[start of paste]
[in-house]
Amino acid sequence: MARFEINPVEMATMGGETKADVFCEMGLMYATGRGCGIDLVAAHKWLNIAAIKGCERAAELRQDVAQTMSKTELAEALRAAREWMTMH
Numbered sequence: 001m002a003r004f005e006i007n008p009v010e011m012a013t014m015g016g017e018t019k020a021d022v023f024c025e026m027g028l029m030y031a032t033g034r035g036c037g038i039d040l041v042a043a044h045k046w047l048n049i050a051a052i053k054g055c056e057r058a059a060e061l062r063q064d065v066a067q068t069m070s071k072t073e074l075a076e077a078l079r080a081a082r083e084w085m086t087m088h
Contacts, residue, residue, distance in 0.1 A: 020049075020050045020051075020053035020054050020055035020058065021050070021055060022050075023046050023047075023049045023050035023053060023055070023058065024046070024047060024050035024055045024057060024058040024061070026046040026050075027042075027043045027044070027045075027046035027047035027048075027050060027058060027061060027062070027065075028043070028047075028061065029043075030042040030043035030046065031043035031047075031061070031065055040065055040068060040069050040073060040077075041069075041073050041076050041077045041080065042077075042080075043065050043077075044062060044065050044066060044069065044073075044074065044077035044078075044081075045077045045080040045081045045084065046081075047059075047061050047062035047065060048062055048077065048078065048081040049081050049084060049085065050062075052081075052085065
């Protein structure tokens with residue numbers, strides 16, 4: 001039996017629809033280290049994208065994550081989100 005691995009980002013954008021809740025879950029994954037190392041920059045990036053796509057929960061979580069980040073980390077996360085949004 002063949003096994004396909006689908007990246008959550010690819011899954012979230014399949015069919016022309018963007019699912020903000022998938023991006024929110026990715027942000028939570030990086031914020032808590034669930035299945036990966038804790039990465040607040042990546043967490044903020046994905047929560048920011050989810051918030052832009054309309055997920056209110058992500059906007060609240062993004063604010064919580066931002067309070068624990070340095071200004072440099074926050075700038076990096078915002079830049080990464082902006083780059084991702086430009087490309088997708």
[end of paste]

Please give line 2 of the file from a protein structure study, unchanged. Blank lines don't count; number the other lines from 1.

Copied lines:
Amino acid sequence: MARFEINPVEMATMGGETKADVFCEMGLMYATGRGCGIDLVAAHKWLNIAAIKGCERAAELRQDVAQTMSKTELAEALRAAREWMTMH